Developmental Dynamics 04/2015; 244(8). DOI:10.1002/dvdy.24281 · 2.38 Impact Factor
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    • "After completion of the second telogen, which can last up to thirty days, the coat begins to grow asynchronously in complex domains created by waves of anagen moving through the domain until a wave reaches "refractory" telogen, an area of skin unresponsive to the propagating anagen stimulus. As the mouse ages, this process creates increasingly complex patterns of hair growth with each domain consisting of a telogen competent to be activated, a propagating anagen wave, a catagen, and a refractive telogen [3,25]. In preliminary experiments, we did not observe differential expression of clock controlled genes in skin corresponding to different hair growth phases in asynchronously cycling skin, suggesting the possibility that hair cycle related regulation of clock gene expression may be particularly important in synchronized hair follicle cycling. "
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    ABSTRACT: Hair follicles undergo continuous cycles of growth, involution and rest. This process, referred to as the hair growth cycle, has a periodicity of weeks to months. At the same time, skin and hair follicles harbor a functional circadian clock that regulates gene expression with a periodicity of approximately twenty four hours. In our recent study we found that circadian clock genes play a role in regulation of the hair growth cycle during synchronized hair follicle cycling, uncovering an unexpected connection between these two timing systems within skin. This work, therefore, indicates a role for circadian clock genes in a cyclical process of much longer periodicity than twenty four hours.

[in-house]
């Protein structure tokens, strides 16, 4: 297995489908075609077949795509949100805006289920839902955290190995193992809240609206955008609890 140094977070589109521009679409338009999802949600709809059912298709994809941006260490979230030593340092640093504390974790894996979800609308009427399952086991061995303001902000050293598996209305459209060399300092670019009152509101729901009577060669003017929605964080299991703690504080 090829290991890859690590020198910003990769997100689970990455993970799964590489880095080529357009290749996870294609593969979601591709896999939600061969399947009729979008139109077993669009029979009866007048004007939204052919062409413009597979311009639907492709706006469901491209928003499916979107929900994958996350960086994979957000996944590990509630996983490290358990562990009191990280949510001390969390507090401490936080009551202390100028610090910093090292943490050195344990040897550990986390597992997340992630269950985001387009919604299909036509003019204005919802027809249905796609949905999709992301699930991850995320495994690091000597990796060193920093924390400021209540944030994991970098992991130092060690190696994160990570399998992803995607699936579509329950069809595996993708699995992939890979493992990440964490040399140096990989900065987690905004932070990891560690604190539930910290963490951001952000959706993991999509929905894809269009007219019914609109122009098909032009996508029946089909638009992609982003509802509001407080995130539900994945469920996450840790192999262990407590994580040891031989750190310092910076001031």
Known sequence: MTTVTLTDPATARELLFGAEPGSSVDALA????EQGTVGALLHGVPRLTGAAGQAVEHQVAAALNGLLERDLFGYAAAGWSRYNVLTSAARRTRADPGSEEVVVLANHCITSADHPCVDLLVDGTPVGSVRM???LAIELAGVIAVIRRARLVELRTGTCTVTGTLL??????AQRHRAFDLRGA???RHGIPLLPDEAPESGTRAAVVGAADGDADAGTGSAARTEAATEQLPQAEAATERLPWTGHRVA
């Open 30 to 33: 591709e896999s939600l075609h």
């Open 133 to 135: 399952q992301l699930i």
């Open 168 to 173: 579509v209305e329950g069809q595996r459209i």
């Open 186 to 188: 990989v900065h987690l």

Aging 03/2010; 2(3):122-8. · 6.43 Impact Factor
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    • "How the cycling of these hair follicles are coordinated (simultaneously, randomly, or in waves) has not been addressed before. By analyzing hair cycle domains, Plikus et al., 2008, 2009) reveals a new macro-environmental regulation of hair stem cell activity. Hair patterns, as well as most spatial patterns observed in nature, are established during development. "
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    ABSTRACT: Patterns are orders embedded in randomness. They may appear as spatial arrangements or temporal series, and the elements may appear identical or with variations. Patterns exist in the physical world as well as in living systems. In the biological world, patterns can range from simple to complex, forming the basic building blocks of life. The process which generates this ordering in the biological world was termed pattern formation. Since Wolpert promoted this concept four decades ago, scientists from molecular biology, developmental biology, stem cell biology, tissue engineering, theoretical modeling and other disciplines have made remarkable progress towards understanding its mechanisms. It is time to review and re-integrate our understanding. Here, we explore the origin of pattern formation, how the genetic code is translated into biological form, and how complex phenotypes are selected over evolutionary time. We present four topics: Principles, Evolution, Development, and Stem Cells and Regeneration. We have interviewed several leaders in the field to gain insight into how their research and the field of pattern formation have shaped each other. We have learned that both molecular process and physico-chemical principles are important for biological pattern formation. New understanding will emerge through integration of the analytical approach of molecular-genetic manipulation and the systemic approach of model simulation. We regret that we could not include every major investigator in the field, but hope that this Special Issue of the Int. J. Dev. Biol. represents a sample of our knowledge of pattern formation today, which will help to stimulate more research on this fundamental process.
    The International journal of developmental biology 02/2009; 53(5-6):653-8. DOI:10.1387/ijdb.082594cc · 1.90 Impact Factor